MADDOW:  And we‘re so afraid of that word that we can‘t talk constructively about government without butting up against it at this point.  We will get over that.  We‘re just having a national tantrum, I believe it. 

BURNS:  Yes, a little hiccup. 

MADDOW:  Ken Burns, it‘s such an honor to have you here.  Thank you so much.  

BURNS:  My pleasure.

MADDOW:  The miniseries that‘s called, “The National Parks: America‘s Best Idea” - it is a 12-hour long series.  It‘s worth every minute of your time.  It premieres this Sunday at 8:00 Eastern on PBS. 

OK.  Coming up on “COUNTDOWN,” Michael Moore joins Keith to talk about his new film, “Capitalism: A Love Story.”  It‘s very romantic.

Next on this show, my friend Kent Jones delivers just enough Chuck Norris.  I don‘t understand the Chuck Norris against the American flag phenomenon.  Kent insists it‘s both important and that he can help me understand it.  That is next.  Stay with us.


MADDOW:  We turn now to our fourth vengeance correspondent, Mr. Kent Jones.  Hi, Kent.

KENT JONES, POP CULTURIST:  Hi, Rachel.  The conservative protest needs leadership.  Fortunately, a man has stepped forward, a Texas ranger named Walker. 

MADDOW:  Oh, no.

JONES:  Take a look.


(voice-over):  Actor, martial artist, Total Gym spokesman, pillar of modern conservatism, Chuck Norris is a man of opinion.  So obviously when Chuck Norris proposes a new idea, my job is to shut my pie hole. 

Now, in order to keep the glorious 9/12 revolutionary movement charging forward, Norris urges his fellow patriots to abandon the American flag in favor of the far more mavericky Betsy Ross flag or Gadsden flag, “Don‘t tread on me.”  That means you, affordable health care.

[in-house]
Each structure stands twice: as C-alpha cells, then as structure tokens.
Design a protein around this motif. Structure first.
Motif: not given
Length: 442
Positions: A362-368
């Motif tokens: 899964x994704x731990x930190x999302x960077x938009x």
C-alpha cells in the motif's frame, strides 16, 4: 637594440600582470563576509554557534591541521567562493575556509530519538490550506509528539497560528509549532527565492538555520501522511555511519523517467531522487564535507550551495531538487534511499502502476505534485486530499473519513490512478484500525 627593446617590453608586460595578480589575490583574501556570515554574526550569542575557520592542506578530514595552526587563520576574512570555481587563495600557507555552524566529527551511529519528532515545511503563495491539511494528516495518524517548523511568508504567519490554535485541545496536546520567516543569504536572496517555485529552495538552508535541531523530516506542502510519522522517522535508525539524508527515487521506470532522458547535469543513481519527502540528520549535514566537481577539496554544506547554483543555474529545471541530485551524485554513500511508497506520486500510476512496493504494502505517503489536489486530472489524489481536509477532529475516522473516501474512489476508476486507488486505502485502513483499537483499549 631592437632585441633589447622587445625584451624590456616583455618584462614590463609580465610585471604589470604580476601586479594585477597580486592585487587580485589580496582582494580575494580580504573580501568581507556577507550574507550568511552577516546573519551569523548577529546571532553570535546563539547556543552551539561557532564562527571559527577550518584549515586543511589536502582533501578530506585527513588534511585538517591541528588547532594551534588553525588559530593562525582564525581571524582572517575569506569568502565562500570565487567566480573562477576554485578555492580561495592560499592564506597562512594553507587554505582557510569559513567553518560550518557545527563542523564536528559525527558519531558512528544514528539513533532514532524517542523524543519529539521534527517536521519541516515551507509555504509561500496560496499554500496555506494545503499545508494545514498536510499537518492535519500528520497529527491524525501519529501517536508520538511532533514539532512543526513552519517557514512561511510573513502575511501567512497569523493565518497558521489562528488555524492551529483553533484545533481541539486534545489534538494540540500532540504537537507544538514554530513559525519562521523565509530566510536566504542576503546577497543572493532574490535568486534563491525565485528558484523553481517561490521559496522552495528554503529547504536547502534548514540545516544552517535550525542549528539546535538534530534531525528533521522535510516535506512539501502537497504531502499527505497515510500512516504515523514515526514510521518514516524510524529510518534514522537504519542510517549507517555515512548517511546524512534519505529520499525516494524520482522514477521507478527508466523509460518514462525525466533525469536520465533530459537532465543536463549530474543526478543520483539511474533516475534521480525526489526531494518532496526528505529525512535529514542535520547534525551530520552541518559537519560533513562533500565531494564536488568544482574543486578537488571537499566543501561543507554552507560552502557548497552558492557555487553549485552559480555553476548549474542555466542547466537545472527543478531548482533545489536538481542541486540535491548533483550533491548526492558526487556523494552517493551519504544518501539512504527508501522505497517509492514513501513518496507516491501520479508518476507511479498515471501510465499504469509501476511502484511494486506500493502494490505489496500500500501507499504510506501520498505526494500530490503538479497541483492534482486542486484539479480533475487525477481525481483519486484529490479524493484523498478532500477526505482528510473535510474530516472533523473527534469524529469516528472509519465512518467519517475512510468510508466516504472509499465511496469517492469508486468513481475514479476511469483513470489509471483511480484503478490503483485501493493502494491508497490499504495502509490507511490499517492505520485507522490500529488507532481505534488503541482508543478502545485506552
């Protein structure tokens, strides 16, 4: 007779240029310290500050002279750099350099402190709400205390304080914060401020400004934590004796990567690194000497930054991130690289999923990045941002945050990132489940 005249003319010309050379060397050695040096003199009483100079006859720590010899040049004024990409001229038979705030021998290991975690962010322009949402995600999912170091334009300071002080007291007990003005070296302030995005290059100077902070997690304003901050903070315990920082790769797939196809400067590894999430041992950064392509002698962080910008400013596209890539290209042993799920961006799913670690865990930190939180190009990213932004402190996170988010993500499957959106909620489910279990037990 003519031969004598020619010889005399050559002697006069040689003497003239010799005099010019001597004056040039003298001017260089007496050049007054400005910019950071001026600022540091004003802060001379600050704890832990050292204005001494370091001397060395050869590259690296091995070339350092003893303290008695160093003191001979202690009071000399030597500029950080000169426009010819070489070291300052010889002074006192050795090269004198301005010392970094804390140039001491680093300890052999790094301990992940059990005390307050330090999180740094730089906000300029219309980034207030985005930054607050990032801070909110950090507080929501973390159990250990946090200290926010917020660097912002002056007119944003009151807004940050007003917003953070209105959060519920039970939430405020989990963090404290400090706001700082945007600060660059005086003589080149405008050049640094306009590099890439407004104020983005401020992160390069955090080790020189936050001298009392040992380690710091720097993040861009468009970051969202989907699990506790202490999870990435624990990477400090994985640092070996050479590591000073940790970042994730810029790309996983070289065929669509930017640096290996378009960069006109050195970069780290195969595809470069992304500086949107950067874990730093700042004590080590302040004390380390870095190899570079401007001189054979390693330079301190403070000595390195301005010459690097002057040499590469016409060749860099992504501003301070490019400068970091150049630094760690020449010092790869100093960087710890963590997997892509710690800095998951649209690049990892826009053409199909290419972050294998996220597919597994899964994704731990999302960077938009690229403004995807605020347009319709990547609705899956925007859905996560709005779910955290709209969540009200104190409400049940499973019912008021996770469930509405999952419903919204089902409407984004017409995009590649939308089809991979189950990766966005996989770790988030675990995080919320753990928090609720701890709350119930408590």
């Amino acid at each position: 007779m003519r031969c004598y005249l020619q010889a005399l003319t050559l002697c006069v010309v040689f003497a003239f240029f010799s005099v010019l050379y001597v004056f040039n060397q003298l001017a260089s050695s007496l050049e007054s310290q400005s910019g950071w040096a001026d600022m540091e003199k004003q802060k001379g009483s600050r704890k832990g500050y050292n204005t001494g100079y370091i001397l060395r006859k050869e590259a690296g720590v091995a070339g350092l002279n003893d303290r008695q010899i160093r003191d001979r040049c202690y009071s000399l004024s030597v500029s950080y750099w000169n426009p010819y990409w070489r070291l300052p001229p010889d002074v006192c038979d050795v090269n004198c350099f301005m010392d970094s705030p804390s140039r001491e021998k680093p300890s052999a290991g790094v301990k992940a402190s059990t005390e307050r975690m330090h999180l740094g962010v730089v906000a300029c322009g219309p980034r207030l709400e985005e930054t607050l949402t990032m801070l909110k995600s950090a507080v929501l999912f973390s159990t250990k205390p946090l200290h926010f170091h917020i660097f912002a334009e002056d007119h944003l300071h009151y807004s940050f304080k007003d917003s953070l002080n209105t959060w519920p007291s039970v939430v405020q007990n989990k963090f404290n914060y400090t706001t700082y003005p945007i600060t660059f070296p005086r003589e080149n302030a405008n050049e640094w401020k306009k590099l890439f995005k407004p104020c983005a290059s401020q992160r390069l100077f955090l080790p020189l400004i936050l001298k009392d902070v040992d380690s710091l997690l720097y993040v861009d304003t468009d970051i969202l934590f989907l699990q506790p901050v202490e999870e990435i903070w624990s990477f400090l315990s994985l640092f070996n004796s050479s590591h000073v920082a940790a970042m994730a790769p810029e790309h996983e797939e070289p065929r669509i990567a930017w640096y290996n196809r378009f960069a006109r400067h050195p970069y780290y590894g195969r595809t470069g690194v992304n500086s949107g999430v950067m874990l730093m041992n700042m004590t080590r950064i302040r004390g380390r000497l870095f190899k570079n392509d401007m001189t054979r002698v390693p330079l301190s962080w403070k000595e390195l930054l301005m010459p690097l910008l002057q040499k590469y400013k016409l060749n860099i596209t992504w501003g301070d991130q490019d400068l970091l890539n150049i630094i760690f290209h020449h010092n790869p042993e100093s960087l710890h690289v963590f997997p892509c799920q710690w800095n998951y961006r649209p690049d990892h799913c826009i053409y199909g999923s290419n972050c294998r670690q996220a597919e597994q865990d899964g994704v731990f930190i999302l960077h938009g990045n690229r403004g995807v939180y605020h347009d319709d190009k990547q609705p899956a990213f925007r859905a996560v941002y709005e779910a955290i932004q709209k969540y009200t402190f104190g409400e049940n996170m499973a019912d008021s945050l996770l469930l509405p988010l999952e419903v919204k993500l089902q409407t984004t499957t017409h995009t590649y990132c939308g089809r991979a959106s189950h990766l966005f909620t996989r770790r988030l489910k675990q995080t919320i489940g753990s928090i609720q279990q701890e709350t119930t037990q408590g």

JONES:  And here‘s the kicker, quote, “If you insist on posting a modern USA flag, too, then get one that‘s tea-stained to show your solidarity with our founders.” 

Now, he didn‘t specify whether the tea stain should be Earl Gray, oolong, orange pekoe, just probably not English breakfast. 

Now, far be it from me to disagree with Lone Wolf McQuade, but I want to take his alternate flag idea one step further.  How about “Old Chuckie?” Or the “Rattle Chuck?”  Or the United States of Chuck.  Final score, Chuck Norris one; tyranny, zero. 


MADDOW:  Desecrate that flag, America. 

JONES:  Yes. 

MADDOW:  Yes.  They‘re getting so weird. 

JONES:  Yes.

MADDOW:  Thank you, Kent. 

JONES:  Sure.

MADDOW:  I have a weird update for you on the story we have been covering the last couple of days. 


MADDOW:  Mahmoud Ahmadinejad, president of Iran -

JONES:  Right.

MADDOW:  Here for the U.N.  Iranian protestors turning everything green in protest. 

JONES:  Yes.

MADDOW:  They ran mile-long banner down the Brooklyn Bridge today to protest against him.  And there was this happy coincidence that they had asked for the Empire State Building to be turned green today as part of the protest. 

Empire State Building said no, but happily, it was going to be green anyway for the 70th anniversary of “The Wizard of Oz.”

JONES:  Of course.

MADDOW:  But OK - it‘s not.  That is a live shot of it that we‘ve got

can we put that up?  That‘s the live shot of the Empire State Building. 

It‘s red. 

JONES:  Not green -

MADDOW:  No.  They say it‘s still for “The Wizard of Oz” but now, it‘s red instead of green. 

JONES:  What about “The Wizard of Oz” people? 


MADDOW:  I know.  Ruby slippers?  Come on.  We‘re looking into it. 

Thank you, Kent.  “COUNTDOWN” starts right now.